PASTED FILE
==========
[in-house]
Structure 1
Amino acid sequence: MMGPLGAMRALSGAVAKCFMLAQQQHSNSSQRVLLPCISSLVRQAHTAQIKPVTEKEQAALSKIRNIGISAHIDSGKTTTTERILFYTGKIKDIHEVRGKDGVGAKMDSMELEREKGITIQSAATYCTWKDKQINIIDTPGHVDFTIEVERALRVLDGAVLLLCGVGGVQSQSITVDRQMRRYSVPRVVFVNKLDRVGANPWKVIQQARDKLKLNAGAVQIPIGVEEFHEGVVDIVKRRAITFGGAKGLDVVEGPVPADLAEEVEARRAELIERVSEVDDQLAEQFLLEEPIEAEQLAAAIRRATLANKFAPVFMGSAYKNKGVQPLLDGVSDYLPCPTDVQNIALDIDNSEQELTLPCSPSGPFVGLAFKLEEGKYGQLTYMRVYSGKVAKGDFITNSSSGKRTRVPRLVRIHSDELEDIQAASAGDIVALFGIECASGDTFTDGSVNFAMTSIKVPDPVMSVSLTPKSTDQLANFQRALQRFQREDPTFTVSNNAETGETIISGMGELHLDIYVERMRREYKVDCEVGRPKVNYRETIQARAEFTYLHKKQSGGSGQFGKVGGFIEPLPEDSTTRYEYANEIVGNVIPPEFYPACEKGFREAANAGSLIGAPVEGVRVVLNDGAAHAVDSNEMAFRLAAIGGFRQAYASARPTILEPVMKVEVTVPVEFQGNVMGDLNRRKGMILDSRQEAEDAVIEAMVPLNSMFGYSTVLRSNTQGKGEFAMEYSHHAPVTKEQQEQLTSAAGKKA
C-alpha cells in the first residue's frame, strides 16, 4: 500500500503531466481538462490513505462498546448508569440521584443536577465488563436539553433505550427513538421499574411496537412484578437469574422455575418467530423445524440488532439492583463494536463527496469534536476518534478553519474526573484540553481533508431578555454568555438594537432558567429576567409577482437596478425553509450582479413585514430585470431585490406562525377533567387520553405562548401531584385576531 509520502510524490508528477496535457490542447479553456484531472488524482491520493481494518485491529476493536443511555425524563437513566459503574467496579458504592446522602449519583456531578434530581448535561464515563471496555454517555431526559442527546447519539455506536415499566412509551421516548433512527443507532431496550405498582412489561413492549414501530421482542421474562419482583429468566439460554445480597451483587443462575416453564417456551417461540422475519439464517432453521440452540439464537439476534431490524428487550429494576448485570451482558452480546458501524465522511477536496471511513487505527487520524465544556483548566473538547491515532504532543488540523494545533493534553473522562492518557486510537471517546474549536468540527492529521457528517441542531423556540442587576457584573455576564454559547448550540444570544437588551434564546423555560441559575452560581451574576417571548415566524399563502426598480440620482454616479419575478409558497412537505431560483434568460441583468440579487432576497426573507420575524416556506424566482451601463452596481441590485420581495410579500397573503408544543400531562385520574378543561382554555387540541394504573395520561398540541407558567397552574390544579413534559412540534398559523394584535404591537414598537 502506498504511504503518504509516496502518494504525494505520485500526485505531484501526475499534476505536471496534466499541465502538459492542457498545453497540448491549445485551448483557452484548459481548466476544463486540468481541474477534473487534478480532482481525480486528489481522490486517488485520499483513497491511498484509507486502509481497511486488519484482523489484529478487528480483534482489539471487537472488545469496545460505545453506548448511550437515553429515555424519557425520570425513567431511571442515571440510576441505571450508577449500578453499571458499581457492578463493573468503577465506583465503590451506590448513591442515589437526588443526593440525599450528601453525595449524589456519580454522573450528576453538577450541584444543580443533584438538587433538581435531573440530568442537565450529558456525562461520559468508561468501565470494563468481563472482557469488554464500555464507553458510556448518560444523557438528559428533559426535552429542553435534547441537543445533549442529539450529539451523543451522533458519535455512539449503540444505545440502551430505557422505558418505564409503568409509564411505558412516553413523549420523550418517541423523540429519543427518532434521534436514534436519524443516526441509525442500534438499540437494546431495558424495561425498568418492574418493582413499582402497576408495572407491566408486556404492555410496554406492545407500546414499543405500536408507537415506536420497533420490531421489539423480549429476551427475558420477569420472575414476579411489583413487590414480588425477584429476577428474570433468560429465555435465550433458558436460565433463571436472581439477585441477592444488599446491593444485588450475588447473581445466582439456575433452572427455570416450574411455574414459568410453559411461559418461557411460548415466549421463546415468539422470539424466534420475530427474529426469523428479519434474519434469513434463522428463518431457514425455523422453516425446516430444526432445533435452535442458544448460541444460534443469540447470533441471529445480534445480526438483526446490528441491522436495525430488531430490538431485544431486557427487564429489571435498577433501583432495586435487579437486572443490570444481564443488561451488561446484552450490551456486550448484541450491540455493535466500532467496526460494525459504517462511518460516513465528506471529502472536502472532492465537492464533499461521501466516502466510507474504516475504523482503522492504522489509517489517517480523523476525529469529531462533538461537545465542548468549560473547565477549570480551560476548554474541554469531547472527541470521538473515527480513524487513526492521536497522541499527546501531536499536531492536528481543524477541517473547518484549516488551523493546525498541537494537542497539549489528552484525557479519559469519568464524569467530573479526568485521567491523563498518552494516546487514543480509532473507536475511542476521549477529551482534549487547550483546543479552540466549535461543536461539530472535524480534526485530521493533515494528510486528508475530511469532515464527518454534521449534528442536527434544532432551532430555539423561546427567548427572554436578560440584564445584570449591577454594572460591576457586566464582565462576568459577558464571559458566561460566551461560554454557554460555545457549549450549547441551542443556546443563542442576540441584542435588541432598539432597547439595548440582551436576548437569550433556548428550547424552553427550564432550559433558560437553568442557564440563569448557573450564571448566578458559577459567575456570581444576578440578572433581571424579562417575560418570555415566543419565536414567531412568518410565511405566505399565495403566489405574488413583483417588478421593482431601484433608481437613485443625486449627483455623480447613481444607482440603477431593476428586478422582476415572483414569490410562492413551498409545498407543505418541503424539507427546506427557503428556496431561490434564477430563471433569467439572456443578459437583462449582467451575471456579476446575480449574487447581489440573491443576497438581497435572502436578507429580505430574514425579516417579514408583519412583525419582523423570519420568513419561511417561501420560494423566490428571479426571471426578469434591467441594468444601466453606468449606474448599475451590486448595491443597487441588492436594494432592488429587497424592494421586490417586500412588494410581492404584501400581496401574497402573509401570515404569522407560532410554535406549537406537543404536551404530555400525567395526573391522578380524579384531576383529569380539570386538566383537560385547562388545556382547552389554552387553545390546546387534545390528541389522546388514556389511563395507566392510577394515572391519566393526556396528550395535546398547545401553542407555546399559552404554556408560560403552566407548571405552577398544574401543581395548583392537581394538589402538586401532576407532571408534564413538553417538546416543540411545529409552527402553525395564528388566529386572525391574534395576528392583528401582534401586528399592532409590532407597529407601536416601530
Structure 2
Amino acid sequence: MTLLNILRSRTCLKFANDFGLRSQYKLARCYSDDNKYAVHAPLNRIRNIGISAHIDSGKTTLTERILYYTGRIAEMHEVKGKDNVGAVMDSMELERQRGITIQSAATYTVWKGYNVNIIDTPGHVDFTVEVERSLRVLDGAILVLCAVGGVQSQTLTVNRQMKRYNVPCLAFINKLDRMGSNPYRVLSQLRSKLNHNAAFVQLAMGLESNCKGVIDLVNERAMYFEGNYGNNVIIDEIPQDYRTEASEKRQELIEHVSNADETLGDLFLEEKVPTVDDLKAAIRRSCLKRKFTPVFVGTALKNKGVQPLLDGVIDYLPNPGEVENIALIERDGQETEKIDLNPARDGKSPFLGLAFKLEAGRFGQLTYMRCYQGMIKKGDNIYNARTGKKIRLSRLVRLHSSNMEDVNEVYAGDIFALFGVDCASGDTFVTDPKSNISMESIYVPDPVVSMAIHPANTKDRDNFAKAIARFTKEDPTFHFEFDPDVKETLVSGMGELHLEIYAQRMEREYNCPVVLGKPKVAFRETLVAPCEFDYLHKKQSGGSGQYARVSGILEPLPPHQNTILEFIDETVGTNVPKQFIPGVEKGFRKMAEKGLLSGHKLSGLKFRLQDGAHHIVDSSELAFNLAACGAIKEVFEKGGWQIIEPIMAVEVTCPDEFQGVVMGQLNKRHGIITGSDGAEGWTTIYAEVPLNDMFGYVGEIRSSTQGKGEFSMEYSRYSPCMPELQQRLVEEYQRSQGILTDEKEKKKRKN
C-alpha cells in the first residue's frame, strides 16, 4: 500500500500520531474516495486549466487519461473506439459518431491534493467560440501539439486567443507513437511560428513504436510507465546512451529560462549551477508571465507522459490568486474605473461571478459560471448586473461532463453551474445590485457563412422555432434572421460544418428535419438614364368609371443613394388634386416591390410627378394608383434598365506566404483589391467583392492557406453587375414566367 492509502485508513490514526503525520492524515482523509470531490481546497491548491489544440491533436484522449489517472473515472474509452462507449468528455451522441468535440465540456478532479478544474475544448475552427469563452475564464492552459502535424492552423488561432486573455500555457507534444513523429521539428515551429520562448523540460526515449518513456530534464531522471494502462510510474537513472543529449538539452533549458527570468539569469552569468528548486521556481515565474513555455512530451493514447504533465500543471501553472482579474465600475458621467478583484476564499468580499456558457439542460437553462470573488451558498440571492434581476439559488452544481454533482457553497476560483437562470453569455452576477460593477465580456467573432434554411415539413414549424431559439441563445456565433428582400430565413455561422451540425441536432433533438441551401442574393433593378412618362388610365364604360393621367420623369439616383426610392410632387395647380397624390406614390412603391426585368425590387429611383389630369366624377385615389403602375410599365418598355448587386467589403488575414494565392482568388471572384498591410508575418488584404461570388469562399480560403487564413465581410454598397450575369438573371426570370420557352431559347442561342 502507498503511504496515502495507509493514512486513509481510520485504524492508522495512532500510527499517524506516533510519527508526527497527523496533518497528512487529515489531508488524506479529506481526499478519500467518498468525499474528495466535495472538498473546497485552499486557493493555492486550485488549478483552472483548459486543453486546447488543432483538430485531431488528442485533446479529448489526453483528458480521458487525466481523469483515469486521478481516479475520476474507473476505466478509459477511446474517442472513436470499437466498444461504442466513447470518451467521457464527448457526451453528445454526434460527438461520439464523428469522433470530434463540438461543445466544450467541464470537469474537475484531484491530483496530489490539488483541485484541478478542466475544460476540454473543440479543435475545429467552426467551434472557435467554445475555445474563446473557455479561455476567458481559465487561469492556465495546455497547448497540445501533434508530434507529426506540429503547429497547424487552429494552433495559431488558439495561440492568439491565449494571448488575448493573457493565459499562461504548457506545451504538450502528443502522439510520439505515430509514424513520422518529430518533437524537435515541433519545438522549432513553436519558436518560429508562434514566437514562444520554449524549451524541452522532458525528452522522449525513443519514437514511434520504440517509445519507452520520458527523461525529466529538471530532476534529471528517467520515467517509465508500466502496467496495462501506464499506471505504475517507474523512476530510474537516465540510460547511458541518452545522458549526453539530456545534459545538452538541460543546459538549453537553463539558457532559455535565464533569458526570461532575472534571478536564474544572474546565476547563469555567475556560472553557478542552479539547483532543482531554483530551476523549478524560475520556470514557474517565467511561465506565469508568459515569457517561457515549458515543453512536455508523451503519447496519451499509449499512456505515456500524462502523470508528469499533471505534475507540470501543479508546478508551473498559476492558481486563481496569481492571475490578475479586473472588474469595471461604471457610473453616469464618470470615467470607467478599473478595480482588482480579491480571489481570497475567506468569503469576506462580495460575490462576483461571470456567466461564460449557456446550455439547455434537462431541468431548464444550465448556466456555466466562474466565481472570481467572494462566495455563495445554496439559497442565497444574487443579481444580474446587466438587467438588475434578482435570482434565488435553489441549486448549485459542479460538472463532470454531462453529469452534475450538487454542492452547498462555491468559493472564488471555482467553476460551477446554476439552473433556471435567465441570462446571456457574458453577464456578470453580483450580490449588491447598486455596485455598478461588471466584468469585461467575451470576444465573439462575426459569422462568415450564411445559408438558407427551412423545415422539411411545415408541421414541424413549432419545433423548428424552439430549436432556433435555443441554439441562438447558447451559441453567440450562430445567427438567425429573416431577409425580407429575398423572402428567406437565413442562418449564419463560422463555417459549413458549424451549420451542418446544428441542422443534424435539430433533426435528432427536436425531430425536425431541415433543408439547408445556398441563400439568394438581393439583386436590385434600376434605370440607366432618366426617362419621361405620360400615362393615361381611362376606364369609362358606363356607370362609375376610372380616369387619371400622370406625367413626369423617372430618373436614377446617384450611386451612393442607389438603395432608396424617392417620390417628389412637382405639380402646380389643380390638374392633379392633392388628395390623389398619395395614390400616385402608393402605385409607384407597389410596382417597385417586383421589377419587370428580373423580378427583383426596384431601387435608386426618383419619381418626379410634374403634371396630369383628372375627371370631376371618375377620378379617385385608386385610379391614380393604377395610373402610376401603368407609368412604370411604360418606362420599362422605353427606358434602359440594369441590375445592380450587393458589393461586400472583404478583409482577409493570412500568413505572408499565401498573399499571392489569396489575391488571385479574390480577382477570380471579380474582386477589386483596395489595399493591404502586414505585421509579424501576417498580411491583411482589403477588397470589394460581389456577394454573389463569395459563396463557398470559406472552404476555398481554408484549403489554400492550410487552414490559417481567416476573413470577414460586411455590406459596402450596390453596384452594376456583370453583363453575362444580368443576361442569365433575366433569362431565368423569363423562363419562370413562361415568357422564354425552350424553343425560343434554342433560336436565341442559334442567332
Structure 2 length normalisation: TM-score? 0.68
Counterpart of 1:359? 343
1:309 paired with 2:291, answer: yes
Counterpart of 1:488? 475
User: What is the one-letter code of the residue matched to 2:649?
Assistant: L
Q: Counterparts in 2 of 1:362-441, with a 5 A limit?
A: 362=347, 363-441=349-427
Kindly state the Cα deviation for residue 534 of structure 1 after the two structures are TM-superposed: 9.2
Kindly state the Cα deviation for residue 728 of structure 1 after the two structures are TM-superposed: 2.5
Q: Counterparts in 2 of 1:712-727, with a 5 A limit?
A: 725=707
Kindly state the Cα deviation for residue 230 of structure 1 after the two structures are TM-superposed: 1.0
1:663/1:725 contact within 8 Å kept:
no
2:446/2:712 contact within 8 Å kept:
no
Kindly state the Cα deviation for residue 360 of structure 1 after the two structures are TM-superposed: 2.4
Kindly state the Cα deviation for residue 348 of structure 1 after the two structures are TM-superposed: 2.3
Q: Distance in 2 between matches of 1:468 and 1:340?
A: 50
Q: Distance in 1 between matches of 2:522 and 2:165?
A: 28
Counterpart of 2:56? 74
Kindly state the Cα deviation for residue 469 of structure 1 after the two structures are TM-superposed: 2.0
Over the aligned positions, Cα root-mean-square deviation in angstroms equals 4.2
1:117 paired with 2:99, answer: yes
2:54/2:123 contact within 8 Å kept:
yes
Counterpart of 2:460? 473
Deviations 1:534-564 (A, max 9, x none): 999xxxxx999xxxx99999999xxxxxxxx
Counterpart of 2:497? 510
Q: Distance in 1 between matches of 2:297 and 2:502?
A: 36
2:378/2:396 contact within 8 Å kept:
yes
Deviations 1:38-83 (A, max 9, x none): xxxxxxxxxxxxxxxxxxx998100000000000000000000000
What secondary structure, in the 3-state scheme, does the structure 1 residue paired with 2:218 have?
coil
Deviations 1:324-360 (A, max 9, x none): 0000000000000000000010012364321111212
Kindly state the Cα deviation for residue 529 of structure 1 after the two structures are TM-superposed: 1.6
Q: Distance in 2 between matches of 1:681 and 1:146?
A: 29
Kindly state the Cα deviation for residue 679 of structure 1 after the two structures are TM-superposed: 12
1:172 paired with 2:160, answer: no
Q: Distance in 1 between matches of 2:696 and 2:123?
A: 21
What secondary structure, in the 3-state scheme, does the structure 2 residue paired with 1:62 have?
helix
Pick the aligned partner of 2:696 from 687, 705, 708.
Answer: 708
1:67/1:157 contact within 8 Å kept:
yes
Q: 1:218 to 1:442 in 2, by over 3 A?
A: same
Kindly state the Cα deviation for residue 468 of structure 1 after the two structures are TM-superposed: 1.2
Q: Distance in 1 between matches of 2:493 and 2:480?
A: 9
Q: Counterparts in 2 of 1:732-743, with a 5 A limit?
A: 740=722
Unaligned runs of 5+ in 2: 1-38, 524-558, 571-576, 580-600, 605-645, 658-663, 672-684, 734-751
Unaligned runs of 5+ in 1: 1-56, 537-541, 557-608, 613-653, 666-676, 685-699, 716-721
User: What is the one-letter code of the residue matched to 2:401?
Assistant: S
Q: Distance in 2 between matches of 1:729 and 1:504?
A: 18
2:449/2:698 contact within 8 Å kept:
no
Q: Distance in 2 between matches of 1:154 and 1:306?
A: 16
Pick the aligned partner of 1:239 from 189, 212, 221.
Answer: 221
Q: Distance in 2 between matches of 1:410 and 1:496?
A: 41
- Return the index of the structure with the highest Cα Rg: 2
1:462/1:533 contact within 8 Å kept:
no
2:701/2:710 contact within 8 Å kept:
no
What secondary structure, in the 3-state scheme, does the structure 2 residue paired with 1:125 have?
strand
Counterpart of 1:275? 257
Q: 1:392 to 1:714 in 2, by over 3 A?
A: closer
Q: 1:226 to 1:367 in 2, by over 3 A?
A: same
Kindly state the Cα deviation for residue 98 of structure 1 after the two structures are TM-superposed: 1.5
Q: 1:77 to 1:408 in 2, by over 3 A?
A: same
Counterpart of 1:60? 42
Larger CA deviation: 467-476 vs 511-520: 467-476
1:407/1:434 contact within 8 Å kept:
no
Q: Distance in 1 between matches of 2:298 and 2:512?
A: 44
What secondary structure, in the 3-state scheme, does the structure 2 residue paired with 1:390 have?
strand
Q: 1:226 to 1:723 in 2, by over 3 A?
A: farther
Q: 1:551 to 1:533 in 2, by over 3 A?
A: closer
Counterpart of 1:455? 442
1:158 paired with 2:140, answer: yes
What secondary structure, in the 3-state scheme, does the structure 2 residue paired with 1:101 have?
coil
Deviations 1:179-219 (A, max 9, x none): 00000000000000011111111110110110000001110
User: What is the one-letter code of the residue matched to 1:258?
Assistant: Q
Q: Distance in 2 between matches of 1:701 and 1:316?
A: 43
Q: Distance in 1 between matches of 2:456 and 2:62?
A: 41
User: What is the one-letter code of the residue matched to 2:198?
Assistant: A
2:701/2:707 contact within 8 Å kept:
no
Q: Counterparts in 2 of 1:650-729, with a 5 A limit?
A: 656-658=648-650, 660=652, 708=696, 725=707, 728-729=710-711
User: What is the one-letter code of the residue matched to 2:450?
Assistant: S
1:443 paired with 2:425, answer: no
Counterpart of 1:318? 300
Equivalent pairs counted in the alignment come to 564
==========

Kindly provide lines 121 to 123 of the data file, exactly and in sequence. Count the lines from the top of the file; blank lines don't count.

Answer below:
Assistant: A
2:701/2:707 contact within 8 Å kept:
no